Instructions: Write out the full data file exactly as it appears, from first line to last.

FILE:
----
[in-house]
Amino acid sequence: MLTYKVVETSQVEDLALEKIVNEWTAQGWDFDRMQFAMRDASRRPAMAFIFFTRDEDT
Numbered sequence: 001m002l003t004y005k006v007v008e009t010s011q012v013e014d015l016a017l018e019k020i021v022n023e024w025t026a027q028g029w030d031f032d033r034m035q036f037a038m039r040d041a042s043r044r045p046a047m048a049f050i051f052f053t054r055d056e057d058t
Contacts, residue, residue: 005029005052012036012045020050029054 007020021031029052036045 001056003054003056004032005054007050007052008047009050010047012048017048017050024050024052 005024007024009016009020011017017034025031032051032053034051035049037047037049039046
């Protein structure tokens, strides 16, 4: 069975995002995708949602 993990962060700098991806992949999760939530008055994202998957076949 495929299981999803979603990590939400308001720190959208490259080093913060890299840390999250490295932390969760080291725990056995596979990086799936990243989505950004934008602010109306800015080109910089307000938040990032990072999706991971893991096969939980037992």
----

[in-house]
Amino acid sequence: MLTYKVVETSQVEDLALEKIVNEWTAQGWDFDRMQFAMRDASRRPAMAFIFFTRDEDT
Numbered sequence: 001m002l003t004y005k006v007v008e009t010s011q012v013e014d015l016a017l018e019k020i021v022n023e024w025t026a027q028g029w030d031f032d033r034m035q036f037a038m039r040d041a042s043r044r045p046a047m048a049f050i051f052f053t054r055d056e057d058t
Contacts, residue, residue: 005029005052012036012045020050029054 007020021031029052036045 001056003054003056004032005054007050007052008047009050010047012048017048017050024050024052 005024007024009016009020011017017034025031032051032053034051035049037047037049039046
């Protein structure tokens, strides 16, 4: 069975995002995708949602 993990962060700098991806992949999760939530008055994202998957076949 495929299981999803979603990590939400308001720190959208490259080093913060890299840390999250490295932390969760080291725990056995596979990086799936990243989505950004934008602010109306800015080109910089307000938040990032990072999706991971893991096969939980037992």